Archive for the ‘Favorite Brew Types’ Category

Whoa, we still have a blog!!

Don’t know what really happened with this… nonetheless, here I am drinking a beer and getting excited for Autumn’s favorite brews. Marzen, Ambers, Stouts – I can’t wait! Today I managed to swipe a few 22 ounce bottles of Fat Tire from the dwindling supply of one of the local stores.

The beer of choice for today is an oatmeal stout brewed with coffee – the Mikkeller Beer Geek Breakfast.

Tasty Tasty

I have to say this is quite delicious. An almost jet black pour with a full two or three finger head. Aromas of smoke and caramel sweetness are confirmed with the first taste. The smoked malt is very upfront and followed by chocolate and coffee flavors. The citrus-like centennial and cascade hops are surprisingly not out of place here. The oatmeal adds a smooth texture which does a fine job of balancing what seems like a higher-than-normal level of carbonation (for a stout anyway). The finish is smooth then slightly dry and lingering with tastes of black coffee, dark chocolate and some smoke.

I am reminded of a recent trip to Brewers Alley where I sampled a similar and perhaps more tame oatmeal stout. The Alley’s oatmeal stout was a little lighter on the hops and much sweeter with a fantastic coffee flavor at the finish. Still a damn good stout.

Mikkeller Beer Geek Breakfast – If you can find it, get it. Its worth the price at least once.

Beer Stuff:

  • Malt: Chocolate, Smoked, Caramunich, Brown, Pale Chocolate
  • Hops: Cascade, Centennial
  • Adjuncts: Flaked Oats, Roasted Barley, Gourmet Coffee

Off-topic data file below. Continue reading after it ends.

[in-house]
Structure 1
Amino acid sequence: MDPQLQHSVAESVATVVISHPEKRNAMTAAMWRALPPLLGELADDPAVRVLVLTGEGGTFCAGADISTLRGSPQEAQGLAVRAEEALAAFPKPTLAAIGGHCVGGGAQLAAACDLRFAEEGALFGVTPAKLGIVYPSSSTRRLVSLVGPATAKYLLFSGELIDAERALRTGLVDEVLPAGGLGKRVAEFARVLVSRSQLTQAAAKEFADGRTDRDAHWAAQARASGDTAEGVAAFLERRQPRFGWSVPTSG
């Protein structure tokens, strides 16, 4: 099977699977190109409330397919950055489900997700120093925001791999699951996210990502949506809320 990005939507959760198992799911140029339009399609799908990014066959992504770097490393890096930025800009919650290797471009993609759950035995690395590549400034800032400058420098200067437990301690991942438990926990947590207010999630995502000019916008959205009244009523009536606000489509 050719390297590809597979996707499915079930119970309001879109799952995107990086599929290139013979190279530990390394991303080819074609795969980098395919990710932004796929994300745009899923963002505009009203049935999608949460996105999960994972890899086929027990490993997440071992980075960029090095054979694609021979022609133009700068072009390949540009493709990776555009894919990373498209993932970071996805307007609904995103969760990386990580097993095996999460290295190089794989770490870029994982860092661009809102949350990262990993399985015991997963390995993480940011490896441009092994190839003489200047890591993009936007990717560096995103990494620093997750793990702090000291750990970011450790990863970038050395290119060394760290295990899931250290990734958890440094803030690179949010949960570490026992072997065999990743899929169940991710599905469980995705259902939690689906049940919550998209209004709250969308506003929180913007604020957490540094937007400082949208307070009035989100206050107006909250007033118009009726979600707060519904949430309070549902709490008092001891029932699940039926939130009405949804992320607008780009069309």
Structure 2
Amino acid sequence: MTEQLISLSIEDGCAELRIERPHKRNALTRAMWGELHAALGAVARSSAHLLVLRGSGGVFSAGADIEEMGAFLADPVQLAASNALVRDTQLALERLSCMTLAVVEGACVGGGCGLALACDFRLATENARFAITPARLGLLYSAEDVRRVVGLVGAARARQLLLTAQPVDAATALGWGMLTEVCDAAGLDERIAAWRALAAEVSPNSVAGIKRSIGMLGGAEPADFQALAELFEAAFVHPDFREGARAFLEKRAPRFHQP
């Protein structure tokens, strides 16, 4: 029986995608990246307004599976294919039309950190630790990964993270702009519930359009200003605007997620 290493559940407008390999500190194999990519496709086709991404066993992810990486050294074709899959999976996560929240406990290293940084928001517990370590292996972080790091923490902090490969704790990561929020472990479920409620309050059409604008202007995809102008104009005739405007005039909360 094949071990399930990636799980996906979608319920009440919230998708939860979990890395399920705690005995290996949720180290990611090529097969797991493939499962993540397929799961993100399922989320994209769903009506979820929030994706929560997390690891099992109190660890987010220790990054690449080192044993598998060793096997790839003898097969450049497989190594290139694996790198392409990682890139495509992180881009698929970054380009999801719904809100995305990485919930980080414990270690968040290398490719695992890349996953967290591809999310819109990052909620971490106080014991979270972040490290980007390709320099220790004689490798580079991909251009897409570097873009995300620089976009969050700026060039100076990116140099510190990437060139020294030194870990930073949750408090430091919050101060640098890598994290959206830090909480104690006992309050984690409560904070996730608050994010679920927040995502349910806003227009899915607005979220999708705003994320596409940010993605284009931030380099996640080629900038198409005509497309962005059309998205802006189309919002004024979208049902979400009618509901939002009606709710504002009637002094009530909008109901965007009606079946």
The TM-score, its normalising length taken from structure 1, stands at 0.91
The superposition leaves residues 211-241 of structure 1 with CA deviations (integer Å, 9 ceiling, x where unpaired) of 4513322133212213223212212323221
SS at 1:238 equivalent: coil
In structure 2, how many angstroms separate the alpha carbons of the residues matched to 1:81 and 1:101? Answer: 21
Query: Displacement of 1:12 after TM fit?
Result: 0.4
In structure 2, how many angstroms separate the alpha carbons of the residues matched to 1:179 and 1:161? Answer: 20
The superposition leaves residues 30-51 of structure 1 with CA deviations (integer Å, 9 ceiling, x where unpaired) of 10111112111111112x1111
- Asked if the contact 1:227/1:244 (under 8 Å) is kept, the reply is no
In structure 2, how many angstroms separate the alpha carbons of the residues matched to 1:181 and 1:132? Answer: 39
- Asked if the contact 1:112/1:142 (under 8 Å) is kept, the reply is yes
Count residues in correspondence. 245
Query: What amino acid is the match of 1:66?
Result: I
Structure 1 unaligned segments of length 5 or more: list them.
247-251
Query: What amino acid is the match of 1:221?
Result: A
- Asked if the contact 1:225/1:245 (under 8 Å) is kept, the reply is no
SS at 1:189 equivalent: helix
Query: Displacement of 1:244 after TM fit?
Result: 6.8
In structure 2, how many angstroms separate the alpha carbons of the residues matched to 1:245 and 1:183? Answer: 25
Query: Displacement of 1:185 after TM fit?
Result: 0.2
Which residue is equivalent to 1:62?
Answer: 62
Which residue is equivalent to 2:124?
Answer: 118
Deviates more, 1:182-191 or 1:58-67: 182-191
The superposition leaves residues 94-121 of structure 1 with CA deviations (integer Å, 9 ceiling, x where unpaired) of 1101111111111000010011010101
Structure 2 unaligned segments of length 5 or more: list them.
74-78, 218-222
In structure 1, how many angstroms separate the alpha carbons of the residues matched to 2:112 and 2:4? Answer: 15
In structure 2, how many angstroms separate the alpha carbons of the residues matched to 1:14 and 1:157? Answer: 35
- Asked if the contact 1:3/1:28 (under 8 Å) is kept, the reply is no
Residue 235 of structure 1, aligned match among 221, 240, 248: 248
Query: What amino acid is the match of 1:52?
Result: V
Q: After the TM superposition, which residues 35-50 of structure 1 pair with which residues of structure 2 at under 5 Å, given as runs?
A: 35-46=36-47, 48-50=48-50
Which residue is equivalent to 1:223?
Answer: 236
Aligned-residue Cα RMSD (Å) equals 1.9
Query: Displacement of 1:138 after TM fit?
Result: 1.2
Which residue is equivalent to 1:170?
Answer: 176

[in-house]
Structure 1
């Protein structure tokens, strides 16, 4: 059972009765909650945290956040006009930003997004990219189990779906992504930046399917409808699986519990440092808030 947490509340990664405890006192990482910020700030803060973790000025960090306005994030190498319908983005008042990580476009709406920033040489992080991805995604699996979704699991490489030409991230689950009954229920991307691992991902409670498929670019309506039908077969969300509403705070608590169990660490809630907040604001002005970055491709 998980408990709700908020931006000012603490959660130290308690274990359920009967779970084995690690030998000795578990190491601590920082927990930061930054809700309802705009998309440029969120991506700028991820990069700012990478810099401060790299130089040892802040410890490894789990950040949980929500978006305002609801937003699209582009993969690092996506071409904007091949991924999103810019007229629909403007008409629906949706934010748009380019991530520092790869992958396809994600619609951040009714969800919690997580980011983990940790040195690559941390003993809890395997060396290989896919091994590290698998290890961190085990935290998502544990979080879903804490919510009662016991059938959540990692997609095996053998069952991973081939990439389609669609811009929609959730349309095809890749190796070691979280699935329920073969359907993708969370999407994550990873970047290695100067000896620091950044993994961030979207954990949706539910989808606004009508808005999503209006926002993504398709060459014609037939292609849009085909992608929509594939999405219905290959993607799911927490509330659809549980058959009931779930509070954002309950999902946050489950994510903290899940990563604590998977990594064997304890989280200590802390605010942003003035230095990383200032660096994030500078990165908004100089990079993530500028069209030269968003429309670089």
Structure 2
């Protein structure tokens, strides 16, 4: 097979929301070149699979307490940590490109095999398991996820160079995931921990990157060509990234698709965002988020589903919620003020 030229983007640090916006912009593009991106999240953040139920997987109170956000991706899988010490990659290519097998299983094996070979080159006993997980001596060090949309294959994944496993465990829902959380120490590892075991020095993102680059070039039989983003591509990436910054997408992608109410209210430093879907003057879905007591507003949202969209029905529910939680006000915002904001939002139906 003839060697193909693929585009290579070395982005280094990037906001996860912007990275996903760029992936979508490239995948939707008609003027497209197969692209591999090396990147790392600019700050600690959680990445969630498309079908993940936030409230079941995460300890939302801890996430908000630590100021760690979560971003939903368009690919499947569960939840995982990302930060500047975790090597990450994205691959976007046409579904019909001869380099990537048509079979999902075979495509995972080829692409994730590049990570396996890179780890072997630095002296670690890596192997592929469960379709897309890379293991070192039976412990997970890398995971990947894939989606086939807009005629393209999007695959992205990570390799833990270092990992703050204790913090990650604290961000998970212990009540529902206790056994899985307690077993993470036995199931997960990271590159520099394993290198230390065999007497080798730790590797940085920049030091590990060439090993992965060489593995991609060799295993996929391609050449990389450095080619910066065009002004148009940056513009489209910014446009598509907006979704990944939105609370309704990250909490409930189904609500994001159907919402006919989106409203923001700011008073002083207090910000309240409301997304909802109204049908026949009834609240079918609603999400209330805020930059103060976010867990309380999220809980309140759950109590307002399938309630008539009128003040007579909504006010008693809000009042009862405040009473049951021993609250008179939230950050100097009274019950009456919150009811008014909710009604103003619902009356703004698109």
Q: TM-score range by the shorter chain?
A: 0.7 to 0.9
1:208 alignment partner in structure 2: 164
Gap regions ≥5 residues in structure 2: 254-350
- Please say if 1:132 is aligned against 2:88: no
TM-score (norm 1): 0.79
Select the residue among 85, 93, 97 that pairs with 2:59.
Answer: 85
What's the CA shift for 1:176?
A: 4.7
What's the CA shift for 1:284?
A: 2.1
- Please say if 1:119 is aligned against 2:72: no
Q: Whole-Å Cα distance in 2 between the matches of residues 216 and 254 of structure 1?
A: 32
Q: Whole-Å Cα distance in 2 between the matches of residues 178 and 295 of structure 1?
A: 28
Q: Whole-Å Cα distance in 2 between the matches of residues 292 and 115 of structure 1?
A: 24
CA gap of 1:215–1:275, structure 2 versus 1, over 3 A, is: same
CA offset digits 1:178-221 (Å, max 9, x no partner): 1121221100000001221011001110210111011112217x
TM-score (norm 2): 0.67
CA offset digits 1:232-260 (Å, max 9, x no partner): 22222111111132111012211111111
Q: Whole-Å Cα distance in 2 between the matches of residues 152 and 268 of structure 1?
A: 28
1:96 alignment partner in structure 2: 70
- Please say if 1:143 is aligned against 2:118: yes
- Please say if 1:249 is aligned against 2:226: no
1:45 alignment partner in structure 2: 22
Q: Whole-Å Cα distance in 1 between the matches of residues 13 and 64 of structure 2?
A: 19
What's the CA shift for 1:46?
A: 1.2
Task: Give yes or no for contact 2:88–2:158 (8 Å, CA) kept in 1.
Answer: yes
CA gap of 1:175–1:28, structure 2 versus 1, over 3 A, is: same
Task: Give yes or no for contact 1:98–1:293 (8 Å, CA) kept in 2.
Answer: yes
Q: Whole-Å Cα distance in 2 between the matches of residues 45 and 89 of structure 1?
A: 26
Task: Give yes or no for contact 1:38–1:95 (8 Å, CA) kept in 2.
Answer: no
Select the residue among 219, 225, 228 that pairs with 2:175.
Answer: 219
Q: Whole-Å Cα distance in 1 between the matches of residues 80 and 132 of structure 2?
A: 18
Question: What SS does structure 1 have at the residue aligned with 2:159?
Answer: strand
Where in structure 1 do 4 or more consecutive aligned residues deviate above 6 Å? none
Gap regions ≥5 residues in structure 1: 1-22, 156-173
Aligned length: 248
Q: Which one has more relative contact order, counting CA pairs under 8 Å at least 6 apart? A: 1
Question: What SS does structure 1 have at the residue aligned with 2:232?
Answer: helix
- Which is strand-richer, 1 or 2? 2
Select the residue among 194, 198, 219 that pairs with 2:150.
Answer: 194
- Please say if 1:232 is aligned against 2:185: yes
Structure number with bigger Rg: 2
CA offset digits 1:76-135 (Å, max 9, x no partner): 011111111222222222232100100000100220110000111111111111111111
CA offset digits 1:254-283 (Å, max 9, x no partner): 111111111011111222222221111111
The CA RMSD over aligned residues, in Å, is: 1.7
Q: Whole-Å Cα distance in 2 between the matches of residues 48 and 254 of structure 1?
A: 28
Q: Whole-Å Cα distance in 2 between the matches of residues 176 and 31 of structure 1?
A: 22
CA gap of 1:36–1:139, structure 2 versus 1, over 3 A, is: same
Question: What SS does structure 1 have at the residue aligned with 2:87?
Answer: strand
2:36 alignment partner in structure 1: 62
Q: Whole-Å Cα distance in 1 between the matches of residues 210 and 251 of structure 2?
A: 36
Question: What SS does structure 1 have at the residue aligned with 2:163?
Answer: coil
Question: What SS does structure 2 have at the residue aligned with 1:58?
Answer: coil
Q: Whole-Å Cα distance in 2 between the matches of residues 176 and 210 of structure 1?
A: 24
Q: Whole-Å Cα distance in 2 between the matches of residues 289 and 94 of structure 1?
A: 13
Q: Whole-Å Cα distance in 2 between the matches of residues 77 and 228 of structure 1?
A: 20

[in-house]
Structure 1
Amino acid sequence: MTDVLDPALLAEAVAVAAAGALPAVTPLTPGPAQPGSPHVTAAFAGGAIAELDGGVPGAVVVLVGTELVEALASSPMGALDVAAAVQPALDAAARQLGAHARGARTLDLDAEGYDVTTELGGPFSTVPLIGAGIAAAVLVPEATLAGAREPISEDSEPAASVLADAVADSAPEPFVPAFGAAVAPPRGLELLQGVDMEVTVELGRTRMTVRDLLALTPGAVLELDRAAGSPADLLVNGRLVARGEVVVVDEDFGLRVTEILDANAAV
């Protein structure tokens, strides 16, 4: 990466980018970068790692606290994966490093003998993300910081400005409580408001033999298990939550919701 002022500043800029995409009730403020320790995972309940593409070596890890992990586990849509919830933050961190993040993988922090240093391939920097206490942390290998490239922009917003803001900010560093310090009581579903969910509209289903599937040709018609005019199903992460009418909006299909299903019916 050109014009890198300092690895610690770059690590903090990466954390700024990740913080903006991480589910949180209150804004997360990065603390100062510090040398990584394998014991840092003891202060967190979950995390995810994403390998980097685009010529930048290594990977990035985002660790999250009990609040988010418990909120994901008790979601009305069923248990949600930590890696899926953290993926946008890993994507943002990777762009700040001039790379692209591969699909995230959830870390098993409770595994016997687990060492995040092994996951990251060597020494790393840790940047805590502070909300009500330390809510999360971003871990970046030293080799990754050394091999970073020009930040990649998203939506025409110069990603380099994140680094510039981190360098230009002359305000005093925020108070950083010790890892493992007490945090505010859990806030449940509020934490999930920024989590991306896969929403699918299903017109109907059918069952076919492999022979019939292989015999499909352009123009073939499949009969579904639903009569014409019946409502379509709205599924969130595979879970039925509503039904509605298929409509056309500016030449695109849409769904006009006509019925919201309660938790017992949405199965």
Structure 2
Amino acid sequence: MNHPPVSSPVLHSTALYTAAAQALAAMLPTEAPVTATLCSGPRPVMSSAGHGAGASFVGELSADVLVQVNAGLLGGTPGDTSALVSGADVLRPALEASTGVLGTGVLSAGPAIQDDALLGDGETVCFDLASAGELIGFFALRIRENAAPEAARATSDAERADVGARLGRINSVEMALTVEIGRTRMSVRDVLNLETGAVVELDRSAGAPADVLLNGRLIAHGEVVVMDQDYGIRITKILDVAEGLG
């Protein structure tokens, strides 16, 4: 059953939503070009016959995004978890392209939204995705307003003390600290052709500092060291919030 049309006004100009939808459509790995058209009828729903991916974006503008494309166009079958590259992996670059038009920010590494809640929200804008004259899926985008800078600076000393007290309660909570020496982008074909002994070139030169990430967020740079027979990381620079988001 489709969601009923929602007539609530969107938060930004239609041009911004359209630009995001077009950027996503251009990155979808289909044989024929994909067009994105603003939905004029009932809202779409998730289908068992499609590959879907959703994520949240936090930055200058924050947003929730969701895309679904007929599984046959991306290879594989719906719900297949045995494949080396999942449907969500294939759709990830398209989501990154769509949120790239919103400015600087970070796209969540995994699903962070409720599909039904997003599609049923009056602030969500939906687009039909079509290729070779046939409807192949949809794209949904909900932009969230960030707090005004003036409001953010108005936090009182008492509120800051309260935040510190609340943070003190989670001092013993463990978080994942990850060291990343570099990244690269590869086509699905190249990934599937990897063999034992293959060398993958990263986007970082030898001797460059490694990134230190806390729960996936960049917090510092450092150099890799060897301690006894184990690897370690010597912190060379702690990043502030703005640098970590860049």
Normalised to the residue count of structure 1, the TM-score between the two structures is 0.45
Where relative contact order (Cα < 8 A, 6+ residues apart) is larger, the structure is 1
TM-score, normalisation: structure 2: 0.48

• IBU: 40-60 (est.)
  • SRM: 40+ (est.)
  • ABV: 7.5%
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In my short days of searching for my next favorite beer, I discovered about 3 years ago a flavor that can’t be mimicked. For a large portion of time I was having beer smuggled into Maryland for me from the Pennsylvania border. The distributor in Indiana couldn’t actually ship directly to Maryland due to the import laws for foreign beers in the state. Which, if you have an extended pallet, is a bit annoying. Horay, for encouraging the microbrew, bad if you want to taste anything that’s been trying to develop the perfect taste for the last 800 years.

In one of the random samples I once received from this beer house, I had this small stubby brown bottle from a brewery called Schlenkerla (the link is in german, so have fun if you follow it).  Otherwise known as Brauerei Heller-Trum.

The glass was like drinking heaven. It was in all beers, the best thing I had ever had. It is seemingly dark and like many imports, it’s smooth. Now, I know all beers are described as smooth. As Scott’s father pointed out on a Sunday football game, “what beer has ever been described differently?” And, though we all may know what that means saying “smooth,” as we all have had a ‘Fail‘ Indian Pale Ale or the ‘Robust‘ unique flavor of a speciality beer, some things are not smooth. They are rough. They can be so overwelming in flavor, if you were forced to chug the beer in some sort of sick Beer Hell, you’d get one gulp in and the rest run out the side of your mouth. That’s not smooth. So when Coor’s Light describes it as ‘Smooth,’ they are right; it is. It’s water, of course it’s smooth. So saying smooth is not really always a compliment.  When I say smooth, I mean, unlike a light water beer that you can just swallow, this has color and can easily be downed just due to its flavor and texture. It wants to go down.